Tuesday, August 10, 2010

U.S. Vietnam nuclear talks focus on enrichment

Nonproliferation objectives get attention from Congress and China

vietnam-mapThe Wall Street Journal reports Aug 3 that US talks with Vietnam about its plans to build nuclear reactors has “unsettled“ key members of Congress. The Hindu, one of India’s largest newspapers, reports Aug 9 that China is annoyed by reports Vietnam might develop uranium enrichment capabilities with U.S. technology.

The WSJ report leads with news that the Obama administration is “in advanced negotiations to share nuclear fuel and technology . . . that would allow Hanoi to enrich its own uranium.”

It didn’t take long for a reaction in Congress. On Aug 6 the WSJ reports that Rep. Illeana Ros-Lehtinen (R-FL), the ranking Republican on the House Foreign Affairs Committee, said the negotiations are an example of a double standard when compared to the “hard line position” the US took in its 1-2-3 agreement with the United Arab Emirates.

The UAE promised not to develop its own uranium enrichment or spent fuel reprocessing capabilities in return for the right to import U.S. commercial nuclear energy technologies and components. So far the arrangement hasn’t done much for U.S. nuclear firms as last December the UAE awarded a $20 billion contract to South Korea to build four 1,400 MW reactors.

China reacts to US initiative

China, which considers Vietnam to be within its sphere of political influence due to their long common border, is not happy about the potential for US uranium enrichment technology being sold to its neighbor to the south.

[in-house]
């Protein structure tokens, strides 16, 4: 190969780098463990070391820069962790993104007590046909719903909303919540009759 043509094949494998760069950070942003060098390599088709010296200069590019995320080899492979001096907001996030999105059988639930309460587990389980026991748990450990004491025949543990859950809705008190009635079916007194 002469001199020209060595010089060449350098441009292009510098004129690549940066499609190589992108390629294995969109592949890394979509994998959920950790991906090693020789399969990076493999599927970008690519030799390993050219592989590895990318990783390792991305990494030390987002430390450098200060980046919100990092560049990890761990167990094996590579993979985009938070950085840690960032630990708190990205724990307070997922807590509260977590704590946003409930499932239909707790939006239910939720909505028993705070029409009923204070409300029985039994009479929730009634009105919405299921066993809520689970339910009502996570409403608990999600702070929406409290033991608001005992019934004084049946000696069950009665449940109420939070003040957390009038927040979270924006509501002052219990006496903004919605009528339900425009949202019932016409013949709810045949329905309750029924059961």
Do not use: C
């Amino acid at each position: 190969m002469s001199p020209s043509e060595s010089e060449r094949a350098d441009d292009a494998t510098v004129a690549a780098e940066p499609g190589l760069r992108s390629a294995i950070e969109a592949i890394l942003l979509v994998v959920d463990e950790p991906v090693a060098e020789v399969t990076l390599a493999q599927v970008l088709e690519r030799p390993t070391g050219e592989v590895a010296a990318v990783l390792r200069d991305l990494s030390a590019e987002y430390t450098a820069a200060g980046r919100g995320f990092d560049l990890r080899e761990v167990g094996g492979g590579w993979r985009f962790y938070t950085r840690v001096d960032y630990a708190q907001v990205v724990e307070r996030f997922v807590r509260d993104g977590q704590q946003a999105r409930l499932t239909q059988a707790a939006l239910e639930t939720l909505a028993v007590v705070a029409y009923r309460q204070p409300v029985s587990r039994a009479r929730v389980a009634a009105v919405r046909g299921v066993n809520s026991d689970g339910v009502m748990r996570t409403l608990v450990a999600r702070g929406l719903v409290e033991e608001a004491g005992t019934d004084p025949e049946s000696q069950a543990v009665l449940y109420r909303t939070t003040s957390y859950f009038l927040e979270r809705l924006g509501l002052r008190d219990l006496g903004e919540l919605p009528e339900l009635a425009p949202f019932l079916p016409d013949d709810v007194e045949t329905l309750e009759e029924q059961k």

zhai dequanIn an interview with the Hindu newspaper, Zhai Dequan, (right) deputy secretary of the China Arms Control & Disarmament Association, criticized the US negotiations.

He called the negotiations with Vietnam a “double standard” in comparison to the UAE 1-2-3 agreement. He said China is “worried” about the potential for Vietnam having enrichment capabilities.

The Chinese state-controlled news media frequently rolls out statements by Dequan when it has something to say about nonproliferation issues. Also, the Times of India reports Aug 6 that China was “surprised” by reports the US plans to introduce enrichment technology in Southeast Asia. India is worried about China’s plans to sell nuclear reactors to Pakistan.

US State Department spokesman Philip Crowley was widely quoted by wire services as dismissing these concerns saying the decision to involve the US in Vietnam’s nuclear energy plans “don’t involve China.”

The WSJ reported that Vietnam denied it had any interest in plans to enrich uranium. Vuong Huu Tam, Director of the Vietnam Atomic Energy Institute, told the newspaper the county feels the issue is “too sensitive” to pursue.

All nonproliferation agreements are not the same

The WSJ reported that the State Department highlighted differences in its approach to nonproliferation issues in the Middle East and in Asia. The newspaper cited a senior government official who said the US is “setting a different standard for Hanoi” because it consider the proliferation risks in the Middle East to be much more serious.